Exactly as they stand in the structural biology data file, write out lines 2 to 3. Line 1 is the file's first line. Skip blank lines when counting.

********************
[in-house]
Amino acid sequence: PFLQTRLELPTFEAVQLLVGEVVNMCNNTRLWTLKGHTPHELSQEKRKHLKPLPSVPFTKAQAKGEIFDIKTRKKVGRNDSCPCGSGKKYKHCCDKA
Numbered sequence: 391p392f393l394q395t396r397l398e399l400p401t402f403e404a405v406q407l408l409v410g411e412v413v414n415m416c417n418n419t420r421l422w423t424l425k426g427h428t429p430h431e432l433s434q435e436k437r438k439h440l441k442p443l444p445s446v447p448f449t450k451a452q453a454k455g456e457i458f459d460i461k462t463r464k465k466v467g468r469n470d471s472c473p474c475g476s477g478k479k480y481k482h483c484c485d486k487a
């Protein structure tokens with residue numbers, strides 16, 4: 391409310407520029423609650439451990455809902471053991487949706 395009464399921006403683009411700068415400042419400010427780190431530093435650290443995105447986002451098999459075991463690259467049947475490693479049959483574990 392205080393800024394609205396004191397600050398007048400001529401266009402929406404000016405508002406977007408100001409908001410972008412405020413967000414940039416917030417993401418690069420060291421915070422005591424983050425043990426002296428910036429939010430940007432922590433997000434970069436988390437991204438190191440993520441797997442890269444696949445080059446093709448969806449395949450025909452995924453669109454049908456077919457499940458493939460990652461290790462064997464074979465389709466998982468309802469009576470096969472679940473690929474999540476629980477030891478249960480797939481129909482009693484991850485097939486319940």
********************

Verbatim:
Amino acid sequence: PFLQTRLELPTFEAVQLLVGEVVNMCNNTRLWTLKGHTPHELSQEKRKHLKPLPSVPFTKAQAKGEIFDIKTRKKVGRNDSCPCGSGKKYKHCCDKA
Numbered sequence: 391p392f393l394q395t396r397l398e399l400p401t402f403e404a405v406q407l408l409v410g411e412v413v414n415m416c417n418n419t420r421l422w423t424l425k426g427h428t429p430h431e432l433s434q435e436k437r438k439h440l441k442p443l444p445s446v447p448f449t450k451a452q453a454k455g456e457i458f459d460i461k462t463r464k465k466v467g468r469n470d471s472c473p474c475g476s477g478k479k480y481k482h483c484c485d486k487a